It has been decades in the making but Debbie Brisebois still can’t believe it’s officially here.
On Dec. 2, the Nunavut Media Arts Centre had its official grand opening in Iqaluit. The 8,000-square-foot building is located in the core of the business and government district.
“It feels totally amazing,” said Brisebois, executive director for the Inuit Broadcasting Corporation.
The IBC began operating out of NMAC at the end of March when the first phase of the equipment installation, primarily for post-production, was completed. But the second phase, the studio and control room, was only finished in the last month.
“We’ve got pretty much everything we wanted and need, but there’s still more. There’s always more,” said Brisebois.
The budget for the centre, which included the facility, equipment and training, was set at $8.6 million. Fundraising has fallen $1.3 million short. That shortfall will be felt in going beyond basic training on the new technology and state-of-the-art equipment, as well as seating for a live studio audience, a welcomed feature for IBC productions. New office furniture will also have to wait.
The federal and territorial government primarily funded NMAC, although financial support also came through partnerships with Inuit organizations, private corporations and individuals. Brisebois expects the remainder of the money will be garnered through grants and more traditional fundraising.
“We’ve been talking about the need for something like this for about 20 years,” said Brisebois. “We started for real the planning about seven years ago.”
The need for a new facility was evident from the time IBC set up shop in a 1950s warehouse, which was never designed for television production or for office space. It was the second facility occupied by IBC in Iqaluit.
“We survived all those years there, but it wasn’t the optimum situation,” said Brisebois, adding that safety and health of staff was always a priority. NMAC has eight to 10 permanent staff and a “multitude” of contractors depending on what production is being worked on and what stage the production is at.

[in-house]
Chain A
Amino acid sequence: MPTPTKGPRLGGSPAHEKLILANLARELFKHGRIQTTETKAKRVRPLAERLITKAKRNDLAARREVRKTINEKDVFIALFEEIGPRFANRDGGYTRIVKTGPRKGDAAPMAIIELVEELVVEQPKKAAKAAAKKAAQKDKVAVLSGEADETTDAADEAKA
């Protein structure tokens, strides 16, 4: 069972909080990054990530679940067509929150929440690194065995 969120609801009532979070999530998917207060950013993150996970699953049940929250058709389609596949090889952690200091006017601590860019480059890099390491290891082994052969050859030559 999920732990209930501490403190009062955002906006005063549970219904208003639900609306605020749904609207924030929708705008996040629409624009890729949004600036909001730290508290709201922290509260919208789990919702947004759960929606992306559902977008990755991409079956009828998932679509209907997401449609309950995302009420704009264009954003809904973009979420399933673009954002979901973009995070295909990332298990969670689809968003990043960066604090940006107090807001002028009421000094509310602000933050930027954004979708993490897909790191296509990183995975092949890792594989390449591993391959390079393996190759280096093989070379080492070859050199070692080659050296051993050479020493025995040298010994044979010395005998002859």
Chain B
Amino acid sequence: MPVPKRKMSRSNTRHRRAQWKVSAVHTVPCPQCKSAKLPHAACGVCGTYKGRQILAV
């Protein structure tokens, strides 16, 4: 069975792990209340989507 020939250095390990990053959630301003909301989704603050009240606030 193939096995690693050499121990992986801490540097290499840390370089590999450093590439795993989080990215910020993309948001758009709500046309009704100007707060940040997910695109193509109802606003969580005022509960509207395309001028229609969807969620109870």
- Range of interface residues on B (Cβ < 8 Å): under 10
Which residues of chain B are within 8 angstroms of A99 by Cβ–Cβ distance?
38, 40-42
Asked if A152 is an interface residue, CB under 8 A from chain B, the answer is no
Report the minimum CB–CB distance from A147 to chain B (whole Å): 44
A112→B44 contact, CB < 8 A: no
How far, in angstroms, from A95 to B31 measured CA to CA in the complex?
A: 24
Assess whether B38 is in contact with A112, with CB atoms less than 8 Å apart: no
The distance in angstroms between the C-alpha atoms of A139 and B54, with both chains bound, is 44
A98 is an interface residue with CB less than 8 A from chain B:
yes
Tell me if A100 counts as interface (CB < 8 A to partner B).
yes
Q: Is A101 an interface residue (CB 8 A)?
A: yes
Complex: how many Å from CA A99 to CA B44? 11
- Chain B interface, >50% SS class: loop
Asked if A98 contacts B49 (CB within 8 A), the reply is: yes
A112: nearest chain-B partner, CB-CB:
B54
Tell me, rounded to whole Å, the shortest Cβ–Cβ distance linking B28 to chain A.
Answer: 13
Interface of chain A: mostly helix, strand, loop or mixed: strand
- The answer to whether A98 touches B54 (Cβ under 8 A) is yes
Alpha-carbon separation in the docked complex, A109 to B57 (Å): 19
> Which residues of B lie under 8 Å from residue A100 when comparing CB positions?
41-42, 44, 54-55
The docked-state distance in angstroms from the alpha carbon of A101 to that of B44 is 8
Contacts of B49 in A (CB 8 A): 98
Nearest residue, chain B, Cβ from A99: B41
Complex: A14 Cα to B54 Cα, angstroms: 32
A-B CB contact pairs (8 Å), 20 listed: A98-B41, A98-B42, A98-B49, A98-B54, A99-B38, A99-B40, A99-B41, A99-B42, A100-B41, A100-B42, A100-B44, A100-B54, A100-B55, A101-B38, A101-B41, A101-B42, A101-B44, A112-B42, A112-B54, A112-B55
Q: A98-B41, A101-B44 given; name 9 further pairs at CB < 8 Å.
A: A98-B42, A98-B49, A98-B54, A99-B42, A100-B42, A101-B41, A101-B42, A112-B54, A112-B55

IBC has five production centres across Nunavut, with 29 Inuit staff at every level of the production chain, from director of network programming to technical producer to administrative assistant. All programming is conceived, designed and produced by Inuit for Inuit. Presently, IBC produces five series.
Brisebois is hopeful that local and territorial freelancers, performers, artists and production companies working in Nunavut will choose to make use of the new facility. Most material produced by independents in the territory is either assembled in small, home-studios or shipped south at considerable cost for editing and mastering.
Already this past summer, a production company from Quebec used NMAC for work it shot in the territory for its feature film, Iqaluit.
IBC sustains its core operations through self-generated revenues, with grants and contributions supporting specific activities and projects. The new facility will diversify that revenue generation and reduce dependence on government funding.
NMAC also has an Inuit Film and Video Archive, bringing together more than 30 years of historic material, an estimated 9,000 hours chronicling, from the Inuit perspective, the division of the territories, the creation of key national Inuit organizations, the concept and signing of Inuit land claims, the creation of Nunavut, and the evolution of a new political, social cultural environment. The work will now be catalogued, digitized, archived and safely stored, enabling the network to introduce management and administrative systems for receiving and responding to requests for access to archived material.
“We’re really blown away by the amount of support that we did get and it was a good validation of people seeing the importance of what IBC does, that we had so many people pitch in to make this happen,” said Brisebois.
Photo option: Jim Papatsie, with Inuit Broadcasting Corporation, in the new control room at the Nunavut Media Arts Centre.